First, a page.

MIAMI (CBSMiami) – Faced with criticism that a squad of officers may have been unfairly targeting blacks and charging them with minor offenses, Miami-Dade Police Director JD Patterson pledged to gather and release information on the racial and ethnic breakdown of the people his officer’s arrest across the county.
“Whoever is in this seat should be willing to collect it because it will say something about how we do our jobs and help us teach our officers that they might in fact have an implicit bias,” Patterson told CBS4’s Jim DeFede during an appearance on Sunday’s Facing South Florida.
The Director’s pledge follows the CBS4 News investigation “Race Matters: Policing by the Numbers,” in which CBS4 spent five months examining the work of a group of plainclothes officers who drove around in unmarked cars arresting hundreds of people, most of them young and black, for relatively minor offenses such as possession of a marijuana cigarette.
Officially known as a Crime Suppression Team, they are commonly referred to in the community as “The Jump Out Boys,” for their tactic of jumping out of their cars at groups of young people in predominantly black neighborhoods.
In order to track the team’s work, CBS4 News had to follow each case individually to determine the race, gender and age of those arrested, as well as the outcomes of the cases. In the course of that review, CBS4 News discovered that in 2014, 65 percent of the cases made by the Crime Suppression team were for misdemeanor marijuana possession. In at least one case, multiple people were arrested for a single marijuana cigarette.
Seventy-six percent were for general misdemeanors and although the area they were assigned to patrol in the South District is one of the most violent in the county, where shootings and murders are up, 96 percent of their arrests were for non-violent offenses.
In response to the series, a town hall meeting was held Friday that included state legislators, county commissioners, a county court judge, the Miami Dade Public Defender, representatives of the State Attorney’s Office, as well as a half a dozen local ministers.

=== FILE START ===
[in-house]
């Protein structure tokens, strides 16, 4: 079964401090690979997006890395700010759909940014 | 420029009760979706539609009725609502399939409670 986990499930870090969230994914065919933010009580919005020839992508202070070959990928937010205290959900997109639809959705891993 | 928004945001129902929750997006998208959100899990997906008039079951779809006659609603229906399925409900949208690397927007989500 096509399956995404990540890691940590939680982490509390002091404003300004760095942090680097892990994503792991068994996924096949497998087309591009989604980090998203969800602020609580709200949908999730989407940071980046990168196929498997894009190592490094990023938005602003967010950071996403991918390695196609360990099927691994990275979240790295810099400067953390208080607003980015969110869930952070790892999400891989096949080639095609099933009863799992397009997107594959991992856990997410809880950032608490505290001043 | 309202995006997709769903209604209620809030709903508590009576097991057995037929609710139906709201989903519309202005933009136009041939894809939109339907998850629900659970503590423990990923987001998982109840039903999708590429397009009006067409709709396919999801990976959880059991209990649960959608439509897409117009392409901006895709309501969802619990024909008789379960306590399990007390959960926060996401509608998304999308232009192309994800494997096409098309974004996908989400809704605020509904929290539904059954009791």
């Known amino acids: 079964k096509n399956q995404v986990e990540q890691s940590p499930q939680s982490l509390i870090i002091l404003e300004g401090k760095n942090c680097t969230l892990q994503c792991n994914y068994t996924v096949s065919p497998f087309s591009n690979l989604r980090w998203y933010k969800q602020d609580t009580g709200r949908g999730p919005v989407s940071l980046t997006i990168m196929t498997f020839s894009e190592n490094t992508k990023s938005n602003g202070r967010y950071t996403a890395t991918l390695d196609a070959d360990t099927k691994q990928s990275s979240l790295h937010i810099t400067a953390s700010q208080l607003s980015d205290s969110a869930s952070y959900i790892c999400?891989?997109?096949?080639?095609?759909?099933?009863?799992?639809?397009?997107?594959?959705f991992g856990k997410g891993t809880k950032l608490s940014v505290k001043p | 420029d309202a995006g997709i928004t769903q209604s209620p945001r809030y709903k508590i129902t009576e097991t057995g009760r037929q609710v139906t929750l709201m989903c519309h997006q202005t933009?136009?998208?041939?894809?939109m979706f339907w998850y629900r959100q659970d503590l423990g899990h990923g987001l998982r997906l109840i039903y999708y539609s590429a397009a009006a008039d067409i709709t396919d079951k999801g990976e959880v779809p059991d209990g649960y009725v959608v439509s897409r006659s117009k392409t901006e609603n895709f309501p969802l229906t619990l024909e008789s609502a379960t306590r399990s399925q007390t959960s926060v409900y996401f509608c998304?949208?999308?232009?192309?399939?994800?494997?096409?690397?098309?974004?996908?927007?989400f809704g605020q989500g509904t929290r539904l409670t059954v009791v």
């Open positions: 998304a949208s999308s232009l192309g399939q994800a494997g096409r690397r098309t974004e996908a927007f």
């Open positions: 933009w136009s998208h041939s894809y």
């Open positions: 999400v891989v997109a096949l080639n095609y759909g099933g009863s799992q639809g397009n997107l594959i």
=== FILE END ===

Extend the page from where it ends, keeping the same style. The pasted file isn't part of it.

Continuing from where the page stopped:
“We need the data about racial disparities,” Michelle Richardson, an attorney with the ACLU of Florida, said during the town hall. “This is something policy makers could compel but I think it’s also something you can ask law enforcement to voluntarily do.”
On Sunday, Patterson was pressed about being more transparent during the station’s Sunday public affairs show.
Asked if he knew how many misdemeanor marijuana arrests his department made across the county in 2014 and the percentage of those arrests that involved blacks, Patterson said he didn’t know the answer.”
At first Patterson seemed resistant, but then finally said: “Should I look at it, yeah I should look at it.”
San Diego, Philadelphia, and New York all produce annual reports showing the racial breakdown of arrests. Patterson said producing such a report would be possible.
“We are probably one of the biggest data collection groups in the whole county, so the data will be collected the question is whether or not it will be analyzed and how it will be looked at,” he said. “Miami Dade County has not said it’s not going to do that, we’ll probably do it.”
Would he commit to doing it now?
“As long as I’m the director we’re going to do it,” he said.